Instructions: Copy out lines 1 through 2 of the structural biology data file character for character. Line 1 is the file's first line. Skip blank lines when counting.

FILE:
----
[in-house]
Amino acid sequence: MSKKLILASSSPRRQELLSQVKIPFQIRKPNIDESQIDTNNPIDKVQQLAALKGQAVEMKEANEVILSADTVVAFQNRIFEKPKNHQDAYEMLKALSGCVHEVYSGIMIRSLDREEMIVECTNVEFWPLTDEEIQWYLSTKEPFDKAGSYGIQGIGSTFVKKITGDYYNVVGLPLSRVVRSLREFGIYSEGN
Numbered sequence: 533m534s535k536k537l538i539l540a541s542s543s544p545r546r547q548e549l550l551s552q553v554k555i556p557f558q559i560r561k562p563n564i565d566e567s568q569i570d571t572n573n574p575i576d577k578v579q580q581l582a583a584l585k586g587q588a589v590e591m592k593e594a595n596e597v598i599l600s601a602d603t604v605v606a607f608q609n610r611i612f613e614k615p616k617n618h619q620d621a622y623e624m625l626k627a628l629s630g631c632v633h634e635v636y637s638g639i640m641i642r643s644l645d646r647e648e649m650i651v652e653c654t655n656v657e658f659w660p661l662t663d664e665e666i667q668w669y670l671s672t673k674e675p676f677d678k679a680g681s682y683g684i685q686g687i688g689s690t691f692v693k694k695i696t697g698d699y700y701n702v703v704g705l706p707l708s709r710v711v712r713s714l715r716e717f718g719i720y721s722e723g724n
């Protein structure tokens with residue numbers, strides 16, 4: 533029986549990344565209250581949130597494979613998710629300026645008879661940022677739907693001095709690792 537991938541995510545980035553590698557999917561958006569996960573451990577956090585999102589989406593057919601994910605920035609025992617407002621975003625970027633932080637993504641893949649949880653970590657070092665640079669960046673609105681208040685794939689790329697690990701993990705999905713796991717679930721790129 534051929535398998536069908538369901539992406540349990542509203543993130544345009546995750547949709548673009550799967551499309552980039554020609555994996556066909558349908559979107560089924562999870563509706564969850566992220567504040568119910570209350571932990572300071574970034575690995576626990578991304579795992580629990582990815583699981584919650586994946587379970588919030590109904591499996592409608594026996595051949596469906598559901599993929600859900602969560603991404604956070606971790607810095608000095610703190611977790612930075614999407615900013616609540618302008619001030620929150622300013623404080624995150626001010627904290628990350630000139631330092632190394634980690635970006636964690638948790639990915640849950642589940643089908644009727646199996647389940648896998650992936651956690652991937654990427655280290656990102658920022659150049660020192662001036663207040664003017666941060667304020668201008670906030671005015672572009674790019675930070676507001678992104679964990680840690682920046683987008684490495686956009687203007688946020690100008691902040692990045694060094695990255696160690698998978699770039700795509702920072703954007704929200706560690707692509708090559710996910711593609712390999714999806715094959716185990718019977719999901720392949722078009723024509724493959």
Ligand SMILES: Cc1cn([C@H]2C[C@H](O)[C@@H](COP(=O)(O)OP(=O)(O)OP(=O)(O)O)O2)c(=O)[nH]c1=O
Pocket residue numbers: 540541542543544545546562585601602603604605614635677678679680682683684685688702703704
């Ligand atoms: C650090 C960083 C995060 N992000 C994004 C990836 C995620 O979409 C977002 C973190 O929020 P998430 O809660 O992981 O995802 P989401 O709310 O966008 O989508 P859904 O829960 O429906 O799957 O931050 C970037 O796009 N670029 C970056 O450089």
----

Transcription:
[in-house]
Amino acid sequence: MSKKLILASSSPRRQELLSQVKIPFQIRKPNIDESQIDTNNPIDKVQQLAALKGQAVEMKEANEVILSADTVVAFQNRIFEKPKNHQDAYEMLKALSGCVHEVYSGIMIRSLDREEMIVECTNVEFWPLTDEEIQWYLSTKEPFDKAGSYGIQGIGSTFVKKITGDYYNVVGLPLSRVVRSLREFGIYSEGN